A film review by Craig J. Koban July 19, 2021

Rank: #14


2021, PG-13, 97 mins.

Emily Blunt as Evelyn Abbott  /  Cillian Murphy as Emmett  /  Millicent Simmonds as Regan Abbott  /  Noah Jupe as Marcus Abbott  /  Wayne Duvall as Roger  /  John Krasinski as Lee Abbott

Written and directed by John Krasinski



The original A QUIET PLACE was not only one of the most masterfully executed high concept horror thrillers of recent memory, but it also was one of the most memorable filmgoing experiences of my adult life.  

It's highly ironic, then, that this 2018 John Krasinski directed affair did the unthinkable and unattainable of teaching audiences to keep their collective mouths shut while watching it in a cinema...but then its inevitable sequel was essentially silenced and put on hold by the shuttering of cinemas worldwide during the early stages of a global pandemic. 

It's easy to forget how micro budgeted A QUIET PLACE PART I was (just under $20 million, and it went on to gross nearly $350 million worldwide, making it a bona fide cinematic happening for its time), not to mention how staggeringly effective it was as a pure exercise in nerve wracking terror.  Most importantly, though, I screened that film in a packed cinema on day one and it was and still is the only screening that I've attended that had a capacity audience remain virtually silent throughout it's running time.  In an era where movie manners and etiquette have hit all time lows, this film was indeed an ultra rare and special commodity.  

The brilliant post apocalyptic premise contained within forced viewers to actively engage in the events of the story, living vicariously through the damaged characters that were forced to remain hush-hush in order to survive the murderous attacks of salivating and mankind hungry extraterrestrial invaders (silence was humanity's only defense).  A QUIET PLACE: PART II was a complete foregone conclusion based on its predecessor's financial success, and, to be fair, it most certainly doesn't have the first installment's groundbreaking, lightning in a bottle aesthetic freshness of approach.  Having said that, Krasinski (returning again behind the camera) has nevertheless made a sensationally engineered, thanklessly tight, and pulse poundingly intense follow-up that does what great sequels should do in terms of expanding and enriching series mythology.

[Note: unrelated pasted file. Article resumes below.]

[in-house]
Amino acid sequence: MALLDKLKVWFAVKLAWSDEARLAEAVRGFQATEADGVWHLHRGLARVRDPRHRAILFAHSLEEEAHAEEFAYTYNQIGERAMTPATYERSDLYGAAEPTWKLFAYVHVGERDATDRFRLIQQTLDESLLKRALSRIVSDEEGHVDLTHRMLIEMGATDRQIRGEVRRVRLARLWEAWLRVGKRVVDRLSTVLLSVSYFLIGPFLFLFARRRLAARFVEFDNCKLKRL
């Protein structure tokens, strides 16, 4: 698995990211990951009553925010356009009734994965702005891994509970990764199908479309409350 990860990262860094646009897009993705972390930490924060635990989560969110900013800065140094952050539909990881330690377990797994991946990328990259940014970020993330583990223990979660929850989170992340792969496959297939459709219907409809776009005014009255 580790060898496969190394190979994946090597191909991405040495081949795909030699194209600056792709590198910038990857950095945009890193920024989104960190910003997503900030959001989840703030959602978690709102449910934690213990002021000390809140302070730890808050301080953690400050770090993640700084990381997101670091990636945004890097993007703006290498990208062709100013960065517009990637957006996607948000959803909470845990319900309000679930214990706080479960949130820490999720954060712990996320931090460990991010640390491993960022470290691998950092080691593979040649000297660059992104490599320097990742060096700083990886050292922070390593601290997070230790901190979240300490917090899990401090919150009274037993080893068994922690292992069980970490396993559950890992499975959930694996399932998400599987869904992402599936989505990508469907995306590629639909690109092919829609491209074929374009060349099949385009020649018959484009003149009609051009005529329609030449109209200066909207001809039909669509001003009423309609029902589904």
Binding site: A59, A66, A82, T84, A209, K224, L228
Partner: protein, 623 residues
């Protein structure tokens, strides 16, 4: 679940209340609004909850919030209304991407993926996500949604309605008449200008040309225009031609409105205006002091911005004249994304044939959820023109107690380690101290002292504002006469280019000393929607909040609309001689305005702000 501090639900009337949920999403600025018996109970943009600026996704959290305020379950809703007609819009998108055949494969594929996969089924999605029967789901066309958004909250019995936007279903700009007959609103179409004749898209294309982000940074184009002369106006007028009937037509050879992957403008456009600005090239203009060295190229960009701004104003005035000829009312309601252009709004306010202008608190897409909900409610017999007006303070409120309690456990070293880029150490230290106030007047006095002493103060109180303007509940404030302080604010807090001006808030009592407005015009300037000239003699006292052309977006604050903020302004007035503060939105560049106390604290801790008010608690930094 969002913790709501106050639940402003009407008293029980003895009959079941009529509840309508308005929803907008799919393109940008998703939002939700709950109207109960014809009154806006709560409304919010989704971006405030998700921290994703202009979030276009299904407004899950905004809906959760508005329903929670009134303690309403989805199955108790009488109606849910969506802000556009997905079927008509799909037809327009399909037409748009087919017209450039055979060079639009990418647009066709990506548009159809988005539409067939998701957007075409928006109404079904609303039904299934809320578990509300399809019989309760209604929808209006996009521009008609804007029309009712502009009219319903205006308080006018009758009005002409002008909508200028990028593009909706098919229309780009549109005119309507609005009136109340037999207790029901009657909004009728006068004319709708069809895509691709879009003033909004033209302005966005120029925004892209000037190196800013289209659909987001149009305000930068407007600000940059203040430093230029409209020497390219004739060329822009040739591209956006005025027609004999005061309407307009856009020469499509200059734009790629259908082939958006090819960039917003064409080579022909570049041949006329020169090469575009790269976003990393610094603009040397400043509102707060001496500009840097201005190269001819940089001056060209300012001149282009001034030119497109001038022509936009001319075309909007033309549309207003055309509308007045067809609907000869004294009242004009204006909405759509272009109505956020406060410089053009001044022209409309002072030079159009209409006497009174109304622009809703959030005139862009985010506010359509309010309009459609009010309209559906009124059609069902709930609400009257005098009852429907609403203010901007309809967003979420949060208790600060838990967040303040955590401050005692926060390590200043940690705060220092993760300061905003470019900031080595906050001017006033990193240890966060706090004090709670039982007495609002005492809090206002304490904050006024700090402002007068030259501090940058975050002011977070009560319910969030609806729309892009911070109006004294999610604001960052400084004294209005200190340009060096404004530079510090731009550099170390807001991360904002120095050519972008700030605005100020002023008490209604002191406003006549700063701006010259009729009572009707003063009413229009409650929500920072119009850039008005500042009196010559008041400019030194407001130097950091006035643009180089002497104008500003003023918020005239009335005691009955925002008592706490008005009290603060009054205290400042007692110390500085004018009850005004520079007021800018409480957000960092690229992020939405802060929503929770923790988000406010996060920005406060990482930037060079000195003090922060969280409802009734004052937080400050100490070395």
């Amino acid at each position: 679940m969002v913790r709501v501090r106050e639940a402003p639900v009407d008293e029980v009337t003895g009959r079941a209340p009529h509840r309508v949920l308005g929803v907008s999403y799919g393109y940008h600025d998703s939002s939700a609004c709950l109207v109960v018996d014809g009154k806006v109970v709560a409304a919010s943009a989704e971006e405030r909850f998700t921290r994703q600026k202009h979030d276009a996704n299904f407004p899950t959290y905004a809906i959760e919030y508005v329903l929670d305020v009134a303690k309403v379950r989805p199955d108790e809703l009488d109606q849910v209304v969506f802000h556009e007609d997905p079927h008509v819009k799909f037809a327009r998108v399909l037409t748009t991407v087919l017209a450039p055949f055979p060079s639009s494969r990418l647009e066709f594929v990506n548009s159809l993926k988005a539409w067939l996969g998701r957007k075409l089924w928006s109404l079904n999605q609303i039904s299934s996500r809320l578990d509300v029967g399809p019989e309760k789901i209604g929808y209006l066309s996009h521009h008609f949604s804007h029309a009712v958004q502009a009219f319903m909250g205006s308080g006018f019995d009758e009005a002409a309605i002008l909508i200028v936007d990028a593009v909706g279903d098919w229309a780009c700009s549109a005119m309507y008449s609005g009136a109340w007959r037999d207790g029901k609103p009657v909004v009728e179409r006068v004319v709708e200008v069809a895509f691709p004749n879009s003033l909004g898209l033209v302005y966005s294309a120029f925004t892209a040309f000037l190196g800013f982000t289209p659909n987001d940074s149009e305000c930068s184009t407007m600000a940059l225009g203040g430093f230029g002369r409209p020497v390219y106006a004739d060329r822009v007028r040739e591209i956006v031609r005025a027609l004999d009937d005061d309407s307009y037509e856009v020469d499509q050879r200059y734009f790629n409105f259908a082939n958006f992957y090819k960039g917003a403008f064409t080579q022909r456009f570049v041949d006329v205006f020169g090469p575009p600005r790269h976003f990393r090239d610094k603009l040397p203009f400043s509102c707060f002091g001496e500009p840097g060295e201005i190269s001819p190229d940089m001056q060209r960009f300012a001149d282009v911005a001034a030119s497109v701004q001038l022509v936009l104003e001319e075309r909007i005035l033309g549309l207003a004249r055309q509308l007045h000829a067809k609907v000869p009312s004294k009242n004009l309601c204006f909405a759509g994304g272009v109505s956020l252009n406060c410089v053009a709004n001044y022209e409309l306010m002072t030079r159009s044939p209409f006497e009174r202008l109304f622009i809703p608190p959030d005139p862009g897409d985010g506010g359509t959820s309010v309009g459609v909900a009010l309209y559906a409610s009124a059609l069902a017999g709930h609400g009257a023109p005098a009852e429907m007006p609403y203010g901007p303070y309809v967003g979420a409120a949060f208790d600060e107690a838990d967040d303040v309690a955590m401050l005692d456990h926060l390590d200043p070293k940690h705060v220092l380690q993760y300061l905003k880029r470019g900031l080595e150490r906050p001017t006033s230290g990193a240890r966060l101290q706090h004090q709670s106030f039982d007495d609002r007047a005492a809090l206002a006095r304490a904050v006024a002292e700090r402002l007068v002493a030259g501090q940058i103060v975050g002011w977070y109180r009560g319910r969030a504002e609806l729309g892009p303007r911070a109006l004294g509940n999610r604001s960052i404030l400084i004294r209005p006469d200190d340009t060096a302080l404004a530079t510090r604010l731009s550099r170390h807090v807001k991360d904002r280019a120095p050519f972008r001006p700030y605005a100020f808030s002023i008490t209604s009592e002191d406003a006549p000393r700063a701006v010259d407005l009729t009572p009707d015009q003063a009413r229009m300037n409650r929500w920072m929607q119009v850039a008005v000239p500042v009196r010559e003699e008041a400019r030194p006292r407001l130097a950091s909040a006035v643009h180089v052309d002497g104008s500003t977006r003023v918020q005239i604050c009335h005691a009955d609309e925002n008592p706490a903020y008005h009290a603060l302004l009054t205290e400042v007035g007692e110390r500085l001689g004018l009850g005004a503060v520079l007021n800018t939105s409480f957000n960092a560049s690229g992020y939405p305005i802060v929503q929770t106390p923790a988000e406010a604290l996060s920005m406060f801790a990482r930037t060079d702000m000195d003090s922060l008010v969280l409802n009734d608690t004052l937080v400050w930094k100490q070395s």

The best analogy I can make in comparing A QUIET PLACE: PART I to PART II is that the latter is ALIENS to the former's ALIEN.  The franchise introductory chapter was all about crafting an undulating sensation of raw terror, whereas its sequel is heavier on action and spectacle while still maintaining that anxiety-inducing sense of dread.  In pure ROCKY II-esque fashion, A QUIET PLACE: PART II opens (sort of) precisely after the climax of its antecedent, but before that Krasinski segues back to "Day 1" of the alien beasties arriving on Earth via a fireball from space.  What's striking about this introductory scene is that it presents the world of the small town that Lee (Krasinski, making a cameo here), his wife in Evelyn (Krasinski's wife in Emily Blunt), and their kids in Marcus (Noah Jupp) and Regan (Millicent Simmonds) reside in with haunting normalcy.  It's a bright, sun drenched summer day and Lee is trying to pick up some supplies at the local store before making it to his son's baseball game.  The most jarring thing on display here is simply the noise, all of which would have spelt doom for these characters in the last film: The crack of a bat, the roaring cheers of the crowd, and screaming players on the bench, and so forth.  Then the H.G. Giger's inspired creatures from the cosmos arrive without warning and start carving their way through the shocked townsfolk, none of whom know how to defend themselves from this menace.  It's simply one of the finest and most chilling openings to a horror sequel that I've seen.   



From here we then flashforward to the "present" and just after the severely foot injured and recently child birthing Evelyn euphorically cocked her shotgun to take out one of the disgusting E.T.s (with an assist from her hearing impaired daughter in Regan, who discovered a key weakness in the aliens via her cochlear implant) that (spoiler alert) just murdered her husband. With the newfound power in the knowledge of what can take these insect-like critters down, Evelyn gathers her newborn and what remains of her kids in Regan and Marcus and they depart out of their devastated family farm and look for help on the outside world.  They find refuge in an old town acquaintance in Emmett (Cillian Murphy), who's all alone after suffering huge family losses and is now living in an abandoned factory.  Cruel fate and circumstance splits these survivors up, with Emmett and Regan going out to search for the source of a recently found radio signal (Regan has a plan to ingenuously hijack and weaponize it) and Evelyn venturing out on her own for supplies, leaving Marcus (who - in a disturbingly cruel twist of fate - has horrifically injured his foot and leg like his mother before him, and is now called upon to look after his new baby brother).  

Let's just say that all of them fail to stay quiet.